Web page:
Be careful how you interpret these data. A speaker with more statistical charts will not necessarily win over a speaker with fewer charts.

More Visuals or the Right Visuals?

In a meeting in Washington, two government division directors were each asked to give a short presentation to the assistant secretary and his staff. Each wanted to establish that [their] division, and not that of the other director, should be given the authority to spend $22.5 million in discretionary funds for demonstration projects.

The first director (No. 1) was the logical choice. Her division had been specifically mentioned in legislation authorizing the expenditures. No. 2, on the other hand, had moved more quickly and had planned a comprehensive program to spend the money. No. 1 countered with a program of her own. The meeting was scheduled to stop the rivalry and choose one or the other.

Both had prepared reports describing their plans. No. 1 had a 4-inch-thick document filled with charts and tables, which she brought to the meeting. No. 2 used a different approach. He had converted his 50-page document into four pages of a flip chart.

No. 2 was asked to speak first. He presented and explained each chart. Chart One showed Congress’s objective. The second showed how each of the programs he proposed contributed to meeting each objective. The third was a Gantt chart scheduling when the programs would be run. The fourth was a U.S. map showing in which states the money would be spent. As the audience leaned forward to understand the charts, they became involved in his proposal.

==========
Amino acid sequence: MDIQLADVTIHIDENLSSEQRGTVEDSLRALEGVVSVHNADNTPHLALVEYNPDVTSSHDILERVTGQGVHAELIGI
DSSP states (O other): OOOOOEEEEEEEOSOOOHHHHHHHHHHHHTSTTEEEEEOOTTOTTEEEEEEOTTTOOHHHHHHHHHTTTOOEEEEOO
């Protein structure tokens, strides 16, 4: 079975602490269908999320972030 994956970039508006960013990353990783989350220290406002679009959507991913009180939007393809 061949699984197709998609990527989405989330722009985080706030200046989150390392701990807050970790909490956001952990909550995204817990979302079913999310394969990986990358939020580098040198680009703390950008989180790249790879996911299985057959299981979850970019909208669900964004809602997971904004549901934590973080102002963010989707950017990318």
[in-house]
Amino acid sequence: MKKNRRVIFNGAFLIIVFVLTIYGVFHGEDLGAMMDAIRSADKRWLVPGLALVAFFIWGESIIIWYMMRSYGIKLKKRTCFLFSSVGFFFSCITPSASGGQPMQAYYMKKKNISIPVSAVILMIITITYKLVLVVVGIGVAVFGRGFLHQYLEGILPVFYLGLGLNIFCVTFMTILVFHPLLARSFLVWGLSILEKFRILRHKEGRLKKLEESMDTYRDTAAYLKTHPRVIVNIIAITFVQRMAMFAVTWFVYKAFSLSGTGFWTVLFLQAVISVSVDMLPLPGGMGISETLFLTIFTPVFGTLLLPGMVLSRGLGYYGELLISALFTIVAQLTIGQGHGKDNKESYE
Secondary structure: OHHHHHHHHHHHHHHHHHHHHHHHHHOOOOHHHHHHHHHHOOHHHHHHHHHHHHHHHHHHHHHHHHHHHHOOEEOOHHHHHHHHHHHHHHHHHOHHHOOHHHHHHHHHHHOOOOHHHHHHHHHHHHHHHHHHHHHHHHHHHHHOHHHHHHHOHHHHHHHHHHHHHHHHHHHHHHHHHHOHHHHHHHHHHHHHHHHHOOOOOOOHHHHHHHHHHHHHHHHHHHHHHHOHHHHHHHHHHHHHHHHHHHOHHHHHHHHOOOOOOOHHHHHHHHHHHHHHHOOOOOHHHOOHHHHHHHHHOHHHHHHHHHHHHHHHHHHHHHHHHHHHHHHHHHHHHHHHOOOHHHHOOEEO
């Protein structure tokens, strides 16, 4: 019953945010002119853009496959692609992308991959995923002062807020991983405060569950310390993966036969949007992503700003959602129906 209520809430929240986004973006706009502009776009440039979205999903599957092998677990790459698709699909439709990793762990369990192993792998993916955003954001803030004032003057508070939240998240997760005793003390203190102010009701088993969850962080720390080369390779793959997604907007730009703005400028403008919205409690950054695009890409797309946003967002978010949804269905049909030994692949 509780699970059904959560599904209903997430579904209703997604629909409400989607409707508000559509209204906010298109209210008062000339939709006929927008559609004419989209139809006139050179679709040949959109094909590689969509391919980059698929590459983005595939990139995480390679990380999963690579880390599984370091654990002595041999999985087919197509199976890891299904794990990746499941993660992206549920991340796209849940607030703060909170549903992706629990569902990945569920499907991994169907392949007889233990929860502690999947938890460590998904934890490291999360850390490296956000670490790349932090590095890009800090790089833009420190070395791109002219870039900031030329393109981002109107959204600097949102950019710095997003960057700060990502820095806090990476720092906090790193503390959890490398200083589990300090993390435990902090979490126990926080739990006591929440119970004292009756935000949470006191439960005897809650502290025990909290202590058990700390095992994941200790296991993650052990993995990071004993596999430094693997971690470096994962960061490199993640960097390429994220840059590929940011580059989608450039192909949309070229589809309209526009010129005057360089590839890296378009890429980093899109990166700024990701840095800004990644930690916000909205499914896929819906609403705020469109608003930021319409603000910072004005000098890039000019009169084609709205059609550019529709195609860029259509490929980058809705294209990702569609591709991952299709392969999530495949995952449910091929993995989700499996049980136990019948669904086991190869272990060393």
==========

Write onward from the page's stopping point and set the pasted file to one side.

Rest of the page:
Then it was No. 1’s turn. She pulled the sheaf of charts and tables in front of her and said, “In this report, we provide a complete analysis of the relevant data on which we have designed our programs. I will take you through the key points.” The audience shifted uncomfortably in their chairs, anticipating a lengthy discourse.

When she had finished, the assistant secretary thanked them both and told them he had decided to delegate authority to spend the money to No. 2.

Although No. 1 had produced more charts, No. 2 was the victor. Brevity and quality will usually overcome quantity. In other words, it’s not how many charts you make that counts; it’s whether you make the right chart.

Despite their importance, visuals are only one part of the package that your audiences and managers see when you stand before them.

A few closing words for the skeptics among you, both those who say “It’s all Madison Avenue hype” and those who feel “it would be great, but I’ll never be able to pull it off.”

As a person with valuable knowledge, you have something your audience wants. They want your data and your ideas, because those ideas, well supported, will help them to succeed. If you use effective communication techniques, you will allow them to receive and adopt your ideas with less struggle.

I have discovered that people are not “born communicators.” They work at it; the harder they work, the better they are. Technical professionals are fully capable of becoming great presenters. It is my hope that this column will ease the burden and make the task of improving your technical communication skills fun as well as rewarding.

About the Author

Alan Paller edited the Visual Revelations column from 1988 until 1990, and was the author of Choosing the right chart: A comprehensive guide for computer graphics users (1981). He became the director of ISSCo, a graphics software firm, which went public and merged with CA Technologies. In 1988, he founded the SANS Institute, a professional cybersecurity training organization. At the time of his death in 2021, he was president emeritus of the SANS Technology Institute, a cybersecurity college and graduate school, and president of the National Cyber Scholarship Foundation.